The Red Cross
In a few seconds … thousands of human beings in the streets and gardens in the town centre, struck by a wave of intense heat, died like flies. Others lay writhing like worms, atrociously burned. All private houses, warehouses, etc. disappeared as if swept away by a supernatural power. Trams were picked up and hurled yards away, as if they were weightless; trains were flung off the rails …
This could be from a synopsis for the introductory scene to some Hollywood disaster film about the last day of the world. Actually, it’s an eye-witness description written by Dr Marcel Junod, the first foreign doctor to reach Hiroshima, Japan, after the atom bomb attack at 8:15 am on 6 August 1945.1 Dr Junod was a Swiss doctor who was one of the most accomplished field delegates in the history of the International Committee of the Red Cross.
It was another Swiss national, Henry Dunant, who (almost a century earlier) had made proposals to set up, in peacetime and in every country, volunteer groups to take care of casualties in war time. This became the Red Cross, whose instantly recognisable symbol is actually the heraldic emblem of the Swiss Confederation in reverse. The Red Cross organisation now exists in 183 countries around the globe.2
Meanwhile, in 1876, war broke out between (modern day) Russia and Turkey. The Ottoman Empire declared that it would use a red crescent on a white background, in place of the red cross, because it was believed that the cross was offensive to Muslim soldiers. Today, 32 national societies use a red crescent instead of a cross.3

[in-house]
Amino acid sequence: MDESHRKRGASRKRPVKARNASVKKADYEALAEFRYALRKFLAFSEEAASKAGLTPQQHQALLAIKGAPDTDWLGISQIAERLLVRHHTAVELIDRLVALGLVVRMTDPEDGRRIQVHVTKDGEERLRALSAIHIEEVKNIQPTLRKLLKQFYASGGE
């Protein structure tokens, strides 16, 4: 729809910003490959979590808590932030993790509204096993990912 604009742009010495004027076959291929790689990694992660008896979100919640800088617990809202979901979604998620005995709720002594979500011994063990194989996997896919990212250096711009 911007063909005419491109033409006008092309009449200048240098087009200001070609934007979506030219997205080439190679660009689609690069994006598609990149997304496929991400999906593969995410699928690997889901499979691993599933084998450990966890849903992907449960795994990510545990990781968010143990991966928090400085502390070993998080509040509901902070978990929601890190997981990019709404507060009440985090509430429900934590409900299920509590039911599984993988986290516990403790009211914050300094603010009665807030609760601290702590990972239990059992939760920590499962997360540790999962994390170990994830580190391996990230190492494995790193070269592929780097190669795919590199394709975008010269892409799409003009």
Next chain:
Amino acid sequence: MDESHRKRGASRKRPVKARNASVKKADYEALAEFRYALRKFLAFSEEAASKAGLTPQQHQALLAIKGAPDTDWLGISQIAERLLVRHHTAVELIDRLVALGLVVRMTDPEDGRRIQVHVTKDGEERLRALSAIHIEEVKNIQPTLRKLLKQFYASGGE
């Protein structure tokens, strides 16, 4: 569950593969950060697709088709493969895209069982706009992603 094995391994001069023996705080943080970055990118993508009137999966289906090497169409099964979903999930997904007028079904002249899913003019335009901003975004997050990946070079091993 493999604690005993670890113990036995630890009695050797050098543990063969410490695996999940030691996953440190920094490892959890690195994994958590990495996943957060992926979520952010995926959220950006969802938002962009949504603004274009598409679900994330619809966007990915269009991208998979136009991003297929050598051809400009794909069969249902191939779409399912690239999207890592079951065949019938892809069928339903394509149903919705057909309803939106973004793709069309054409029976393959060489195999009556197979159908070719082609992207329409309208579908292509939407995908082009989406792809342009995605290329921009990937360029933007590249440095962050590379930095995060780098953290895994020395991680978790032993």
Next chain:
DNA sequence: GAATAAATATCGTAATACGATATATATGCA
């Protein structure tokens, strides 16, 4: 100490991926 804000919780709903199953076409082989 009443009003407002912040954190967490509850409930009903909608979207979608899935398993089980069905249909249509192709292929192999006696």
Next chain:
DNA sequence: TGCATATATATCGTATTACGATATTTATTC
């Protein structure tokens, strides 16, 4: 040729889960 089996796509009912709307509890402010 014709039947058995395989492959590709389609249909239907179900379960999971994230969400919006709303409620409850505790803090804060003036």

In South Africa, the South African Red Cross Society and Legal Protection of Certain Emblems Act 2007 falls under the auspices of the Minister of Health, and recognises the South African Red Cross Society as the national Red Cross society for the Republic. In terms of the Act, the red cross and red crescent are protected as ‘the emblem’.
- It is a criminal offence to use either emblem, or an imitation thereof, or words describing either emblem, unless4 you:
- fall under the protection of the Geneva Conventions and their Protocols;5 or
- are connected with the ICRC, or the Red Crescent Movement, or any of their bodies; or
- have been authorised by the Minister of Health or the Minister of Defence; or
- are authorised by one of the Geneva Conventions; or
- use the emblem, imitation, or words for the purposes of bona fide research at a recognised educational or research institution, or for the purpose of bona fide news reporting in the media.
- If a corporation commits the offence, the director or member of its management who knew of or could have prevented the offence is also liable.6